Seeking Out New Books

The other morning, as always, I sat down at my computer, clicked on my daily email from Literary Hub, and opened, with eager interest, a link called “23 Books To Be Excited for in March.” My first act was to scroll through the page in its entirety, looking for titles or authors that I recognized; I found none, and with a noted decline in interest, continued halfheartedly to flip through the list.

A few hours later, I discovered a new series by PEN America called “The Book Report.” This weekly series, according to the website, “challenges the notion of ‘best of,’ ‘top,’ and ‘seasonal must read’ lists and the default books and authors that regularly appear on them.” Contributors are asked to share books “they turn to over and over again, ones that both inspire and challenge how they engage with the world.” This time, as I flipped through lists of books and authors I had never heard of, I was entirely captivated. I realized with shame that, despite my efforts to seek out books by female writers, writers of color, and non-American writers, I am a reader whose literary pastimes are almost entirely determined by established gatekeepers. I take great pleasure in walking through bookstores and the promise of happening, serendipitously, onto a fabulous book—but in reality, I’m just scanning the shelves for authors I know. Books on my “must-read” list are books I’ve seen praised in The New York Times, The New Yorker, etc., which isn’t to say that they aren’t worth reading, but one wonders if a book must rely on its publishers’ marketing resources, rather than its exclusively literary merits, in order to make it onto such publications’ radars. How many hundreds of thousands of books sit on shelves having been minimally reviewed, minimally publicized, but are just as—if not more—rewarding as, say, James Joyce’s Ulysses?

There is a risk in buying a book you’ve heard nothing about. I find myself so overwhelmed by the number of “great books,” as we call them, that I haven’t yet read—the aforementioned Ulysses, Crime and Punishment, Great Expectations, The Old Man and the Sea—that it sometimes feels not worth it to take that risk. What if this unknown book turns out to be unfulfilling, and I’ve wasted all that time I could’ve been spending on a book that generations have proclaimed worthwhile? Countless of articles, blog posts, and professors tell me I can’t possibly be a writer without having read the notorious “literary canon” that has more recently come under scrutiny by those accurately assessing its lack of gender, racial, and sexual diversity. With countless books being published each year by authors from all walks of life, isn’t it a bit unrealistic to think that the list of “great books” shouldn’t welcome into the fold some of these new and outstanding titles?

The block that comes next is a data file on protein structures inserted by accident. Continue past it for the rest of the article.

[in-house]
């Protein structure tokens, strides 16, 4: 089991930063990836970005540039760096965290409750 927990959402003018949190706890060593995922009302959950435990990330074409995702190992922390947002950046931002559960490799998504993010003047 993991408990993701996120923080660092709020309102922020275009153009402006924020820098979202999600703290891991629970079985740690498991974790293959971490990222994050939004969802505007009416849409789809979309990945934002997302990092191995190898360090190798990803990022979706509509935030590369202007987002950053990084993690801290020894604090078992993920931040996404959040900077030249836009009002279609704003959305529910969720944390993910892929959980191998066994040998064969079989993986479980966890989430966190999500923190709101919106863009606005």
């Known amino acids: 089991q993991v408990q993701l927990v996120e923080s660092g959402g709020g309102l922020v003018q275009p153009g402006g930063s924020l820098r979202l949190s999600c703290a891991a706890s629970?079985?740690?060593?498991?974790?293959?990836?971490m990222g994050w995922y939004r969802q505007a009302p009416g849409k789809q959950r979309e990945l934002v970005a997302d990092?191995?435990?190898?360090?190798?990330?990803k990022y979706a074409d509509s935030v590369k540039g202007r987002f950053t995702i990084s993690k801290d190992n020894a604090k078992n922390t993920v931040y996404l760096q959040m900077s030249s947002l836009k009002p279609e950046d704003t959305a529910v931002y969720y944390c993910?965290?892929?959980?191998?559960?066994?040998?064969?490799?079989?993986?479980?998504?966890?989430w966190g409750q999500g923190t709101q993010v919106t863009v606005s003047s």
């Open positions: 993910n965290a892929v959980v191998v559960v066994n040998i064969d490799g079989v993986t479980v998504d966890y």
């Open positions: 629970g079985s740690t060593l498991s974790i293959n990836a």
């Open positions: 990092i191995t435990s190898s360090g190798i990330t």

As a writer and a reader, how can I balance the need to stay up-to-date with contemporary authors that are flourishing, contemporary authors that are brilliant but unnoticed, canonical works that, yes, are important to read, and authors of the past who didn’t make it into the canon, but whose works are important to discover and understand? There certainly aren’t enough hours in the day. I don’t know what the right balance is; but I do know that so long as I continue to exclusively read books recommended by certain media sources, or certain academic beliefs, then I will continue to miss out on a whole host of works that could give me the intimacy I often miss when reading oft-praised books (Ex: Pynchon’s Gravity’s Rainbow was entertaining in the way that all challenging books are entertaining, but it can be hard to invest in a book whose female characters feel underdeveloped.).

So here’s to scanning bookshelves for general intrigue, and not exclusively household names. Here’s to wandering through a library and checking out a book you’ve never heard of. Here’s to series like The PEN Book Report that encourage us to engage with works that challenge and inspire, and not just works that land on The NYT Best Seller’s List. Here’s to taking risks—and seeing what we’ll learn.

How do you balance reading ‘old faithfuls’ with ‘new unknowns’? What strategies do you use to make time for reading a wide variety of works? How do you determine what titles make it onto your “must read” list?


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